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Edenborn
Nick Sagan
Transworld, 311 pages

Edenborn
Nick Sagan
Nick Sagan graduated from UCLA Film School and has written for Hollywood for ten years, creating screenplays and TV scripts. The son of astronomer Carl Sagan and artist/writer Linda Salzman, his greeting, "Hello from the children of planet Earth," was recorded and placed aboard NASA's Voyager I spacecraft, which is now the most distant human-made object in the universe. He is married and lives in Ithaca, New York.

Nick Sagan Website
ISFDB Bibliography
SF Site Interview: Nick Sagan
SF Site Review: Idlewild

Past Feature Reviews
A review by Victoria Strauss

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Eighteen years have passed since the events of Idlewild, in which ten genetically-modified young people, created by desperate scientists in a final effort to ensure humanity's survival in the face of the terrible plague known as Black Ep, woke from the Immersive Virtual Reality in which they'd grown up to find themselves alone in an empty world. Not all could withstand the shock of this discovery, or the new horror of their existence, and now only six survive. Fantasia has vanished. Halloween, despairing and embittered, lives alone in North America. Isaac, Champagne, and Vashti have dedicated themselves to recreating the human race -- though they're divided by ideology, for Isaac believes the new generation of humans must be human, and stave off Black Ep with sophisticated drugs, while Champagne and Vashti work to create post-humans like themselves, whose resistance lies in their genes. Pandora, the technician, moves between these two sometimes hostile camps, still helplessly in love with the absent Halloween.

But Black Ep, endlessly mutating into ever more deadly forms, is an implacable enemy -- and human nature is just as slippery, the wild card in every experiment. As the plague makes a reappearance among the precious new generation created by Isaac, Champagne, and Vashti, an outside force observes with possibly hostile intent, and betrayal threatens from within. To survive, the original group must unite -- even angry Halloween. But can they overcome the scars and terrors of the past? And if they do, will it be in time?

The above synopsis, with its realer-than-real VR environment and plague-decimated world, sounds pretty derivative -- and in many ways it is. Sagan avoids the trap of the typical post-apocalyptic SF epic, however, by focusing on character rather than on Matrix-style adventure. There's certainly action, with the looming menace of Black Ep and the constant struggle of combating it -- but the engine that drives the story is the uneasy relationships between the characters, their strengths and failings and self-deceptions, and their sometimes fatally misguided choices. The book proceeds in short sections from several different viewpoints, a series of highly subjective first-person accounts whose unreliability only slowly becomes clear. Each narrator has his or her own distinctive voice; the other characters, viewed through their eyes, shift and change like chimeras. What's the real story? Whose beliefs are justified? Who has betrayed whom? It's left to the reader to put the pieces together, even at the climax. This elliptical narrative approach, as well as the deft character portraits, carry the book well beyond the overfamiliar tropes of its scenario.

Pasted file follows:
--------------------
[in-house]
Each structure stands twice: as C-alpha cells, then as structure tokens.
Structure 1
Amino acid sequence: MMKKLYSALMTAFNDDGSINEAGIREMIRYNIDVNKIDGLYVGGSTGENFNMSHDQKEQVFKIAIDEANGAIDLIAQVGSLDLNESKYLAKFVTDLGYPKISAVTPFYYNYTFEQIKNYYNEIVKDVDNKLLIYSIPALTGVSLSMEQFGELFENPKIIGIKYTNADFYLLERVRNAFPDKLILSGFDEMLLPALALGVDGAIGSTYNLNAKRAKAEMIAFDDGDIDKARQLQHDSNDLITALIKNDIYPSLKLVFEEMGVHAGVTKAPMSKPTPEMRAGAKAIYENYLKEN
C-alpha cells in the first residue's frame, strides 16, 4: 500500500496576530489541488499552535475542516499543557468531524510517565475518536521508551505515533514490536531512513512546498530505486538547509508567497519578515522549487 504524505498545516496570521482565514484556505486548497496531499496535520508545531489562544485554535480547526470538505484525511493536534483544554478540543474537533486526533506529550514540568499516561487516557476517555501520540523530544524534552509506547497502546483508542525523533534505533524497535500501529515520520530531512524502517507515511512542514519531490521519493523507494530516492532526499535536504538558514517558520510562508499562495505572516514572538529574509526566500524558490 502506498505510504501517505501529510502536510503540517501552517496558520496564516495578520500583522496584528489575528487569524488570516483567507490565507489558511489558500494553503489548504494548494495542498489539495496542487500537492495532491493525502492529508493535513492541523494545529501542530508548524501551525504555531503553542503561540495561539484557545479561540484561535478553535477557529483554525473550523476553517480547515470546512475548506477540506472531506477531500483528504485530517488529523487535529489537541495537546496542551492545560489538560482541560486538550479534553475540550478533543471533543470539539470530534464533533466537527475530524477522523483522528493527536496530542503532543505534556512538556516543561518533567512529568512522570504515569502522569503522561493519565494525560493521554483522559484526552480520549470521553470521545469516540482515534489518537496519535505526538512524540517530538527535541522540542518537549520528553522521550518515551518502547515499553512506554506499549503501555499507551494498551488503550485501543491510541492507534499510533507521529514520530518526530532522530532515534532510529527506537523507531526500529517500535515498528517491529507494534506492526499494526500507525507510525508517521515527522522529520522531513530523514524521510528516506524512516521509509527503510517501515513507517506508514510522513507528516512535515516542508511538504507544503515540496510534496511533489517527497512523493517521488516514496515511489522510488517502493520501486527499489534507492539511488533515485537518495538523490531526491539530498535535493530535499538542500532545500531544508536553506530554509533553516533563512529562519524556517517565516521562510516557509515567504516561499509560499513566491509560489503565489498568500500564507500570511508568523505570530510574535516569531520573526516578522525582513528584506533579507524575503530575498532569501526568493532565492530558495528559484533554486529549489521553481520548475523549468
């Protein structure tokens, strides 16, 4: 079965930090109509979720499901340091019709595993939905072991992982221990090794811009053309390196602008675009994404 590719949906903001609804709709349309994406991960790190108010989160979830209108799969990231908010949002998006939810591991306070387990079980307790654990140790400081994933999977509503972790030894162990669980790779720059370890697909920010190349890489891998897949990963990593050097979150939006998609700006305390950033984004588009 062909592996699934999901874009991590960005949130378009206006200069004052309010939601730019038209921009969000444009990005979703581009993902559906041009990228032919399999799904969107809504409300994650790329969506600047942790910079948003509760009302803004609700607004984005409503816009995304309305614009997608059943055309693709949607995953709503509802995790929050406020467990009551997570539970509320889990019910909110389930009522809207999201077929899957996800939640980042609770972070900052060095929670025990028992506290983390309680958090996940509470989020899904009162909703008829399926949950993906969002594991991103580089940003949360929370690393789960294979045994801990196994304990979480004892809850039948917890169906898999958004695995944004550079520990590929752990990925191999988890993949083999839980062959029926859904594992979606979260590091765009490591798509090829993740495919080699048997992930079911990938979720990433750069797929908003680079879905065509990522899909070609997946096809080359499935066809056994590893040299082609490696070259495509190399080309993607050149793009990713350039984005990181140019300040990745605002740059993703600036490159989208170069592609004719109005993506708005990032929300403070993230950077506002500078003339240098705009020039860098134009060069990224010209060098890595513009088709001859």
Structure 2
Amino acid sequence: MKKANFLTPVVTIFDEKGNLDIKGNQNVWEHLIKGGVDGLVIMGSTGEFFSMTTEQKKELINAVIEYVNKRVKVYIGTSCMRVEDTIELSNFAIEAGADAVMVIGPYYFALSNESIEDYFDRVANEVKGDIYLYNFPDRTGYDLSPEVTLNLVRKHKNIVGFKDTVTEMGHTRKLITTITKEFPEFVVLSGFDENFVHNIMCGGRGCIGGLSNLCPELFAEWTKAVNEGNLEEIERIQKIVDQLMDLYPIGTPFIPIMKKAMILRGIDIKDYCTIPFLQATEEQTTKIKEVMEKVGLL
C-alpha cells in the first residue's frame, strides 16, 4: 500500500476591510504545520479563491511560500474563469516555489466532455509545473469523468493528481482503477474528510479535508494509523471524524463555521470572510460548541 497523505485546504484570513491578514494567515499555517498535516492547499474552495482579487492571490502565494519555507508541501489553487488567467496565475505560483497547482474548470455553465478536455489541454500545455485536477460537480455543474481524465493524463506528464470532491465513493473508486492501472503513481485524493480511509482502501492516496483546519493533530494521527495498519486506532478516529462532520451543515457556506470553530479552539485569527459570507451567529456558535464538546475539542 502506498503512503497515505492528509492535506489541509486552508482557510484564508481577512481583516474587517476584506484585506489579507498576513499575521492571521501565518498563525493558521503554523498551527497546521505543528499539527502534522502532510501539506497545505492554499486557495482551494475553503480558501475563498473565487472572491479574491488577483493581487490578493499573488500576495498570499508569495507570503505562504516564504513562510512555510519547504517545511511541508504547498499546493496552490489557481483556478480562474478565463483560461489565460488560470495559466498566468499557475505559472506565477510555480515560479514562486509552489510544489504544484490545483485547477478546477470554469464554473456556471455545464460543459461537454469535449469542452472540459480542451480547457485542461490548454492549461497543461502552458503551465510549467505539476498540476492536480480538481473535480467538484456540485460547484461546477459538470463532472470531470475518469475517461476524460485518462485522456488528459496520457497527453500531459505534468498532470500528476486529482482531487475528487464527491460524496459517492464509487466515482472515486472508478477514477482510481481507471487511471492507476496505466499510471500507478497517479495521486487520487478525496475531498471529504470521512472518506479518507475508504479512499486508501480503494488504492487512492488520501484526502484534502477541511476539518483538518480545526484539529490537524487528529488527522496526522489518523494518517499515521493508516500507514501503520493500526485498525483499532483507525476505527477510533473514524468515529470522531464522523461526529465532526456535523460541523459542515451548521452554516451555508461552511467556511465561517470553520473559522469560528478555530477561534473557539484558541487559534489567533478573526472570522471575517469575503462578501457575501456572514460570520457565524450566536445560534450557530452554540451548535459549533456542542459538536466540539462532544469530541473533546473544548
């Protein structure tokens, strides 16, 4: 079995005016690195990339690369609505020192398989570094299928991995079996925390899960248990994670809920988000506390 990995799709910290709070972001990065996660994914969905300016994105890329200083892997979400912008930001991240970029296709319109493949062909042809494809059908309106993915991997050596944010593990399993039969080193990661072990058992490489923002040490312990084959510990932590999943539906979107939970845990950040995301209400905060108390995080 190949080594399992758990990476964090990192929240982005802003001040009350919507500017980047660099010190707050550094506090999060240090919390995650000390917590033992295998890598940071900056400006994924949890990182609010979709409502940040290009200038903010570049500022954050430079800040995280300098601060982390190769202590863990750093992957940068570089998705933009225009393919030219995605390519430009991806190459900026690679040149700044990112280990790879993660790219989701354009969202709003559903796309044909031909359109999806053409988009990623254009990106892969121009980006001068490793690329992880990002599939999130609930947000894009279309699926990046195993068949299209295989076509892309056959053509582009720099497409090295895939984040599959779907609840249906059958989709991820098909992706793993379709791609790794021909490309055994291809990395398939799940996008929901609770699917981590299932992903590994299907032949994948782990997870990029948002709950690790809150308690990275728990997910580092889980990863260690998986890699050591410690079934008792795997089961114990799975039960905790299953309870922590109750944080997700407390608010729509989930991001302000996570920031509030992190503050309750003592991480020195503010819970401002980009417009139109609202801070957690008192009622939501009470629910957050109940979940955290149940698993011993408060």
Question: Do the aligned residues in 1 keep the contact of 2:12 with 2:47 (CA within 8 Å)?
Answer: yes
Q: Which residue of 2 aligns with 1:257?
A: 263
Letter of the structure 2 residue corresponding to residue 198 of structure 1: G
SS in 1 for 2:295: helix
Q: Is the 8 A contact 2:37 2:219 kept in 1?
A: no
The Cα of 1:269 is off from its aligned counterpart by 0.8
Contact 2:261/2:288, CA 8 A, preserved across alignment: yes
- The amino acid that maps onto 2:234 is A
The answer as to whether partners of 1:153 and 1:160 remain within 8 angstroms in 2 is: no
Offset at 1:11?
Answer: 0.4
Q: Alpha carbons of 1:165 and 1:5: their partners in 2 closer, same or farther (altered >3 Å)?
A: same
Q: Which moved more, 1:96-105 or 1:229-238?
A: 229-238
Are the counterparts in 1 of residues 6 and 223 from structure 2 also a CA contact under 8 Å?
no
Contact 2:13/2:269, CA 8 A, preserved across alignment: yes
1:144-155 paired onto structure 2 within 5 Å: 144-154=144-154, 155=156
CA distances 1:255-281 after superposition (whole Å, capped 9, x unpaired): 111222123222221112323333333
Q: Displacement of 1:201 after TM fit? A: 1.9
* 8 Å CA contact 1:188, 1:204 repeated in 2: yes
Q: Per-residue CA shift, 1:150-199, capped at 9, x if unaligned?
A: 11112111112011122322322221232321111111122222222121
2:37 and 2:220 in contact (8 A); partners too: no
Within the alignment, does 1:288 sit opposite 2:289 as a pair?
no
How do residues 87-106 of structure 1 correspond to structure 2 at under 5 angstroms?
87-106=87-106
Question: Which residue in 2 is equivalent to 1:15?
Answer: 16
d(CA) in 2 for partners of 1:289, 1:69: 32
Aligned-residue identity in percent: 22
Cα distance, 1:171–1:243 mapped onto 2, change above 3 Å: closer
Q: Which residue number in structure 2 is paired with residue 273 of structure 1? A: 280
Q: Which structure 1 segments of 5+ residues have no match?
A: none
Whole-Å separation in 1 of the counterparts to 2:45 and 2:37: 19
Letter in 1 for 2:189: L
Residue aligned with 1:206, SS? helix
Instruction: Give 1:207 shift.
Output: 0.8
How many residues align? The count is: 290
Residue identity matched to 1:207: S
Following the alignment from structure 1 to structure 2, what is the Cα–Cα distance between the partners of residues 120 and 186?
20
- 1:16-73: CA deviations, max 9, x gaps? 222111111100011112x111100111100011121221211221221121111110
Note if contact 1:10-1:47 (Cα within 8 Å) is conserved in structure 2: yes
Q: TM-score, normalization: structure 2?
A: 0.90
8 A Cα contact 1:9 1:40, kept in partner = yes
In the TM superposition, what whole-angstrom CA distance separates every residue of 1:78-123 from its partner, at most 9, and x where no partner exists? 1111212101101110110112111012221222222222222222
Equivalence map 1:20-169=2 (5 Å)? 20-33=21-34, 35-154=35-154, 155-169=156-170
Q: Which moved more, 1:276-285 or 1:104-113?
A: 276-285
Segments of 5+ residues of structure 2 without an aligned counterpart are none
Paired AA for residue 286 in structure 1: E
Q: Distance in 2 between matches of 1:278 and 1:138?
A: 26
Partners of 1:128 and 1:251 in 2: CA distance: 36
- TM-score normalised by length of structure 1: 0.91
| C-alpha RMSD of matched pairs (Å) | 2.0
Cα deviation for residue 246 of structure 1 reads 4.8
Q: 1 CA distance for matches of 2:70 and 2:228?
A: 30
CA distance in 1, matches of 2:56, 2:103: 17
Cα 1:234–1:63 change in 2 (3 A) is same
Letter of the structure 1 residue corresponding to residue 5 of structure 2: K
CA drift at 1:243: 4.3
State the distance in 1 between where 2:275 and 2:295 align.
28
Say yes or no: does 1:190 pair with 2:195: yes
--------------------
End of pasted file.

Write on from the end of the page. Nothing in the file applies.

As a concession to conventional suspense-building, games are played initially with one viewpoint, turning it into a sort of red herring -- a piece of misdirection that seems a bit too obvious later in the book. But for the most part the tension builds organically, generated both by the inherent tragedy of the situation and by the toxic personal interactions that progressively break down the fragile defenses of the tiny community, much as Black Ep breaks down the defenses of the body. In the end, a costly lesson is learned about arrogance and complacency, balanced, perhaps, by the smallest spark of hope (which is salvaged, appropriately enough, by Pandora).

Edenborn is admirably self-contained; I didn't read Idlewild (an oversight I intend to correct), but had no difficulty picking up the story. It's elegant SF, dark and haunting, with characters who linger in memory long after the last page is turned.

Copyright © 2004 Victoria Strauss

Victoria Strauss is a novelist, and a lifelong reader of fantasy and science fiction. Her most recent fantasy novel, The Burning Land, is available from HarperCollins Eos. For more information, visit her website.


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